Edinburgh International Festival closing concert: ‘I think people will hear the joy’

The Philadelphia Orchestra & Yannick Nezet-Seguin PIC: Todd Rosenberg
The Philadelphia Orchestra & Yannick Nezet-Seguin PIC: Todd Rosenberg

The Edinburgh Playhouse is set to host a grand thank-you concert on Saturday 27 August, with free tickets for anyone who wants to be there – and the concert will also be beamed live to the Ross Bandstand in Princes Street Gardens. The sentiment is clear: this is an expression of gratitude to Edinburgh and its residents for making the International Festival what it has been throughout its 75 years of existence. But it’s also a time for celebration – and few ensembles, surely, can do that better than the Philadelphia Orchestra.

Thank you, Edinburgh marks the culmination of a four-concert residency for the Philadelphia Orchestra at the Festival, and also the beginning of a major European tour for the orchestra. “We’re so happy we can stay in the city for a few days, so we don’t have to pack and unpack every night!” laughs Philadelphia’s concertmaster, David Kim.

For principal timpanist Don Liuzzi, it’s far from the first time he’s been to Edinburgh. “I used to play in the Pittsburgh Symphony, and we did a couple of residencies at the Festival back in the 80s. Boy, I have some of my fondest memories of those times – as a young, single person, it’s not a bad place to be when the Festival’s happening.”

Not only is it one of America’s famed “big five” orchestras, the Philadelphia Orchestra is also one of its most distinctive. Not for nothing was its fabled “Philadelphia sound” – lush, gleaming, full of disciplined precision yet brimming over with life and optimism – the stuff of legend in the 1960s, 70s and 80s. And the orchestra has taken on vibrant new life in the past decade under its current music director, Canadian firecracker conductor Yannick Nézet-Séguin (who also happens to be music director at New York’s Metropolitan Opera and Montreal’s Orchester Métropolitain). He is also looking forward to his letter Edinburgh sojourn. “I love having time to settle into a city, and build bonds with audiences over multiple performances. I always love visiting Scotland – you’re part of my musical family.”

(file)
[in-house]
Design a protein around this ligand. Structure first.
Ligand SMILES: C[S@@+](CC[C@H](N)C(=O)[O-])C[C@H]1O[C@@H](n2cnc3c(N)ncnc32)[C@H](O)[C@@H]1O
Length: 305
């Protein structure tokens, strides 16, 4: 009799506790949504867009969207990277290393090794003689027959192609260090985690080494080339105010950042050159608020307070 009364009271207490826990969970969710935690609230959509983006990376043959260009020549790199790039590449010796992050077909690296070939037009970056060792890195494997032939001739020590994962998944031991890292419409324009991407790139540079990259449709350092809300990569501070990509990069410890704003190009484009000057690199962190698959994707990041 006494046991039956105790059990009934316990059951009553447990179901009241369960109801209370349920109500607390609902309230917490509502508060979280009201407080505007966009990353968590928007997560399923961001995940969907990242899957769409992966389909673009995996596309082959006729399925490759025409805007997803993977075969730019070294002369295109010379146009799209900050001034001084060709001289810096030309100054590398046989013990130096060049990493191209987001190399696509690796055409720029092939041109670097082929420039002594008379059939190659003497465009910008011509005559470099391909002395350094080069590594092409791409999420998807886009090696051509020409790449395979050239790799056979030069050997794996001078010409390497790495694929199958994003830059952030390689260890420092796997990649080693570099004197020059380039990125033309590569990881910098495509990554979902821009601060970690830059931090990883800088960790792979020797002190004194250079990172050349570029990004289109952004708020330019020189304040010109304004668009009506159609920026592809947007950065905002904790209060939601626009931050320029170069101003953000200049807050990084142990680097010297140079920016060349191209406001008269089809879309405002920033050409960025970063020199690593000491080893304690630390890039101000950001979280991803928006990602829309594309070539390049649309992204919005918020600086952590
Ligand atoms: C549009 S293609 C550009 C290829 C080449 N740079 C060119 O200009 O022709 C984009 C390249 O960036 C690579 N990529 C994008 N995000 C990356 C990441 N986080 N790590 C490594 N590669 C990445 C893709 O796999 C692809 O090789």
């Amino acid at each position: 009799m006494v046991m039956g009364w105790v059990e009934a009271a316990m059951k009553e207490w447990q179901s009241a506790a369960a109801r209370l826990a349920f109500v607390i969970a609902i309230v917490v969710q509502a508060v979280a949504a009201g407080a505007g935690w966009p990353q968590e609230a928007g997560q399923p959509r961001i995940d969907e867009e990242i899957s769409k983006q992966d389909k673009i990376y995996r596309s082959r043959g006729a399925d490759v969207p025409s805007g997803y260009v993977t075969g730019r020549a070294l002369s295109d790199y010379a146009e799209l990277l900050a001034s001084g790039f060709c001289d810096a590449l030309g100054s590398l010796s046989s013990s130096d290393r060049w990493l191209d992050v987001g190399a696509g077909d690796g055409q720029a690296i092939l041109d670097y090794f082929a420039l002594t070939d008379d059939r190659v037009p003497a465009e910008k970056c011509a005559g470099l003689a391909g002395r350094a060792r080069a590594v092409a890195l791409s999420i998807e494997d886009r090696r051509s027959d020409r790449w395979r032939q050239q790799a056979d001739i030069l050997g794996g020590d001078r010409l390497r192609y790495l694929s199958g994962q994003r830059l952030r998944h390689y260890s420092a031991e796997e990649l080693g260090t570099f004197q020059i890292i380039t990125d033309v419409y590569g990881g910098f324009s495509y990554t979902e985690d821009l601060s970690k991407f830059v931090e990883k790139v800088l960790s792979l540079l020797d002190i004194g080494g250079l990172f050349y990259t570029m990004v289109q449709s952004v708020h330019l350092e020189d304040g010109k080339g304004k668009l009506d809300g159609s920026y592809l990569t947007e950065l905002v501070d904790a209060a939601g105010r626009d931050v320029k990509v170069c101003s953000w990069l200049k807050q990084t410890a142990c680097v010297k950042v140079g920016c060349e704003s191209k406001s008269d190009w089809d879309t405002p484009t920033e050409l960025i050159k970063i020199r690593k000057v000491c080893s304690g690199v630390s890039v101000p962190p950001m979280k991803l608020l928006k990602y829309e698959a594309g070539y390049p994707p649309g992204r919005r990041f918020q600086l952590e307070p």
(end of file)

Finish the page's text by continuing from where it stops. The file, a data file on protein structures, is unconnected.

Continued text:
That musical family clearly extends out from Nézet-Séguin and his orchestra to the soloists they’re collaborating with, including Scottish mezzo-soprano Karen Cargill and Los Angeles-born soprano Angel Blue, both regular collaborators in Philadelphia, and both of whom sing in Beethoven’s Ninth Symphony at the orchestra’s first Usher Hall concert. “Obviously I’m not an orchestra member,” says Blue, “but I feel like I’m part of the Philadelphia Orchestra family, and I think I’ve become a better singer listening to them and working with them.”

“Our music director is a superstar, a real global artist,” beams concertmaster Kim. “And I’m delighted we can also perform with him in a more intimate setting.” Kim’s referring to the Philadelphia musicians’ chamber performance in the Queen’s Hall on August 25, playing Mozart’s Clarinet Quintet and Piano Concerto No. 12 as a chamber work with Nézet-Séguin as soloist. It’s a rare chance to experience the conductor’s musicianship off the podium – for both listeners and his Philadelphia colleagues. “During the pandemic I had the opportunity to reconnect with the piano,” Nézet-Séguin explains. “It was very meaningful for me. To be able to share this side of my artistry with audiences in Edinburgh is extremely special. There’s a level of intimacy you gain as a soloist that enriches my role as a conductor.”